Background: Combinations of multiple fatty acids may influence cardiometabolic risk more than single
fatty acids. The association of a combination of fatty acids with incident type 2 diabetes
(T2D) has not been evaluated.
Methods and findings: We measured plasma phospholipid fatty acids by gas chromatography in 27,296 adults,
including 12,132 incident cases of T2D, over the follow-up period between baseline (1991–
1998) and 31 December 2007 in 8 European countries in EPIC-InterAct, a nested casecohort study. The first principal component derived by principal component analysis of 27
individual fatty acids (mole percentage) was the main exposure (subsequently called the
fatty acid pattern score [FA-pattern score]). The FA-pattern score was partly characterised
by high concentrations of linoleic acid, stearic acid, odd-chain fatty acids, and very-longchain saturated fatty acids and low concentrations of γ-linolenic acid, palmitic acid, and
long-chain monounsaturated fatty acids, and it explained 16.1% of the overall variability of
the 27 fatty acids. Based on country-specific Prentice-weighted Cox regression and random-effects meta-analysis, the FA-pattern score was associated with lower incident T2D.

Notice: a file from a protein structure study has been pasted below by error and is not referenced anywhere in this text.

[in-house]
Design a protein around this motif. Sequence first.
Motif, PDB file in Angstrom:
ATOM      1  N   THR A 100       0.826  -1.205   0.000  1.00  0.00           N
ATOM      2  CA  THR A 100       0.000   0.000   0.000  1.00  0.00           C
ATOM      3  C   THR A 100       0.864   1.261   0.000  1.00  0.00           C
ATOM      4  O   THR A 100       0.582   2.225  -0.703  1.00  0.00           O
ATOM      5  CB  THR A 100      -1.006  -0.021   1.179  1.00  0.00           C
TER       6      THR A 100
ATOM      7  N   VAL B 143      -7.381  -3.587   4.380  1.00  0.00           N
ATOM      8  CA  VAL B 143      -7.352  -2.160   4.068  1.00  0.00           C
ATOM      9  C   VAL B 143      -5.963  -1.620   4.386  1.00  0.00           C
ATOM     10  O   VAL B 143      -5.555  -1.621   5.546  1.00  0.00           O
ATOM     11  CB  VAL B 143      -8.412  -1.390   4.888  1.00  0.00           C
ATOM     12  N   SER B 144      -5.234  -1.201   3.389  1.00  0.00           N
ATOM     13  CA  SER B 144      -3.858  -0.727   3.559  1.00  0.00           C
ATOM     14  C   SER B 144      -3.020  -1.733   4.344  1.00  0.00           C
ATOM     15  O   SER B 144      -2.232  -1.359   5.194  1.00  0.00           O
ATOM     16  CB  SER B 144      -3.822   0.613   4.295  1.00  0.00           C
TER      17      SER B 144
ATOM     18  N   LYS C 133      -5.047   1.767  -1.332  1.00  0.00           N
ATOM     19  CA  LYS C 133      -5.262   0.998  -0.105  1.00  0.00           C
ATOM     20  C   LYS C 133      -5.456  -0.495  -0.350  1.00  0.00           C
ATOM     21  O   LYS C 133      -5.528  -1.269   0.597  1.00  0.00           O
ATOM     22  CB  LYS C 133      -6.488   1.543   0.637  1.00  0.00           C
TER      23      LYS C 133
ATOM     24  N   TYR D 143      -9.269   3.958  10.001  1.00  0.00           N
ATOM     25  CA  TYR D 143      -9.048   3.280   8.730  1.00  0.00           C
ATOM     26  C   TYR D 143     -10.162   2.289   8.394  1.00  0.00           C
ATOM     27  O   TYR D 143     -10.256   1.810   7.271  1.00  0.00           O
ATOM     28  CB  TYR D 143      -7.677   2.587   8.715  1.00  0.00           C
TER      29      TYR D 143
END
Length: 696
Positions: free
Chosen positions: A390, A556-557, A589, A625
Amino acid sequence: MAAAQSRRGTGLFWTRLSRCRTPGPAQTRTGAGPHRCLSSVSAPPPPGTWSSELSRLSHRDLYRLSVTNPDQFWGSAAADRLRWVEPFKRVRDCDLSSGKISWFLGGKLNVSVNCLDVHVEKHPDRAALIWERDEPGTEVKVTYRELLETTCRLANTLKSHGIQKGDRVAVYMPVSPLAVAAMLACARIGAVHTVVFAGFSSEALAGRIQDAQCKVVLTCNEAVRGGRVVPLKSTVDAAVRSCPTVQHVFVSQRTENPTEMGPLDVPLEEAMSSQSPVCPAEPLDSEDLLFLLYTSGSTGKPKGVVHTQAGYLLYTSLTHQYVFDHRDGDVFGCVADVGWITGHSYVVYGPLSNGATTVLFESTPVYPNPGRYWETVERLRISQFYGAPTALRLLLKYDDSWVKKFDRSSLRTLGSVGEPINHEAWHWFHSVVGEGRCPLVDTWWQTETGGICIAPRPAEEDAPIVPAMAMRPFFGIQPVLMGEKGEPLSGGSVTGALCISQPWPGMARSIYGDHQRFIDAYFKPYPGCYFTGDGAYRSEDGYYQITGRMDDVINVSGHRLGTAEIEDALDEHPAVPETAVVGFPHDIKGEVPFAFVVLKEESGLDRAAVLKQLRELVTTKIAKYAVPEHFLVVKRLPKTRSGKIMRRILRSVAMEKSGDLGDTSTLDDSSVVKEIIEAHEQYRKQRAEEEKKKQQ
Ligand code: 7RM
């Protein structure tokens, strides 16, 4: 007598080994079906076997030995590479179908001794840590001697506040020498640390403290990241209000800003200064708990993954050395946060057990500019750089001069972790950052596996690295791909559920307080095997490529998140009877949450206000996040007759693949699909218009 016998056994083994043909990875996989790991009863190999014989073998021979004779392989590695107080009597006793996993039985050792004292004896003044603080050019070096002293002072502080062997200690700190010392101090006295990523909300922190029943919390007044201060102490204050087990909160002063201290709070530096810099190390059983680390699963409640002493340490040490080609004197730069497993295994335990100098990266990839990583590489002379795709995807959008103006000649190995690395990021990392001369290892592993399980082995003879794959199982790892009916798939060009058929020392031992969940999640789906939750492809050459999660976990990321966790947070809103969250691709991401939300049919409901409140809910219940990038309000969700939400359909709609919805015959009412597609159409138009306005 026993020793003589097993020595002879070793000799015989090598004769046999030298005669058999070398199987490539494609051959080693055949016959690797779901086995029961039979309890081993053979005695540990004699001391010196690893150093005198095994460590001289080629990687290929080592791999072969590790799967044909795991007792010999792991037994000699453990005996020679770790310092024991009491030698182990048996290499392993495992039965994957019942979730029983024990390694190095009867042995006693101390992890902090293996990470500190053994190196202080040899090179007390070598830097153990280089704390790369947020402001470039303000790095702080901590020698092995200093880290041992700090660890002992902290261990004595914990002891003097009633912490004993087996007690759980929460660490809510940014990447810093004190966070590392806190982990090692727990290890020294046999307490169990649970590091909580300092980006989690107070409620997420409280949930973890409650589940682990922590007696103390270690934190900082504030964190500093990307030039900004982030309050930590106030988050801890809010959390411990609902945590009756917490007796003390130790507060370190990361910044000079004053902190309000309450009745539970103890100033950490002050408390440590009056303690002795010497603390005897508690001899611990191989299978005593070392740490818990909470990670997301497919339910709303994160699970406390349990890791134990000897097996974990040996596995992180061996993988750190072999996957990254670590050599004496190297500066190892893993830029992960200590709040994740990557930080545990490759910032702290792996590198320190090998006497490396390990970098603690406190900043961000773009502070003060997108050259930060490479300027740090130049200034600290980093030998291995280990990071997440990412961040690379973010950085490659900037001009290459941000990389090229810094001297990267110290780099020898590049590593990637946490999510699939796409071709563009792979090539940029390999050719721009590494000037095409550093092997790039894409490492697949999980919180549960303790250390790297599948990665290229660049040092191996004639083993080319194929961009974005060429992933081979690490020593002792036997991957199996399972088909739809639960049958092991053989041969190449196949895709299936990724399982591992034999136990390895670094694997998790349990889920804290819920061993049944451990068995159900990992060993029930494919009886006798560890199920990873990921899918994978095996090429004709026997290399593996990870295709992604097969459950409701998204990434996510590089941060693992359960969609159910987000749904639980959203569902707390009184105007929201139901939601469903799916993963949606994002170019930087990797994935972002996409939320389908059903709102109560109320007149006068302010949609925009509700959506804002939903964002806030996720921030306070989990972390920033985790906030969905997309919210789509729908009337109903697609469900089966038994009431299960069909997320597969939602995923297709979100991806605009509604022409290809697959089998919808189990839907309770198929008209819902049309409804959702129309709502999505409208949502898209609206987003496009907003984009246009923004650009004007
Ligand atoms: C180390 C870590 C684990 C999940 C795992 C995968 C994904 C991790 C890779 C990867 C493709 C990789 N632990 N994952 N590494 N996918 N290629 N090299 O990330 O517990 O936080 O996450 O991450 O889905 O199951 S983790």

Comparing the top to the bottom fifth of the score, the hazard ratio of incident T2D was 0.23
(95% CI 0.19–0.29) adjusted for potential confounders and 0.37 (95% CI 0.27–0.50) further
adjusted for metabolic risk factors. The association changed little after adjustment for individual fatty acids or fatty acid subclasses. In cross-sectional analyses relating the FA-pattern score to metabolic, genetic, and dietary factors, the FA-pattern score was inversely
associated with adiposity, triglycerides, liver enzymes, C-reactive protein, a genetic score
representing insulin resistance, and dietary intakes of soft drinks and alcohol and was positively associated with high-density-lipoprotein cholesterol and intakes of polyunsaturated
fat, dietary fibre, and coffee (p < 0.05 each). Limitations include potential measurement
error in the fatty acids and other model covariates and possible residual confounding.
Conclusions: A combination of individual fatty acids, characterised by high concentrations of linoleic acid, oddchain fatty acids, and very long-chain fatty acids, was associated with lower incidence of T2D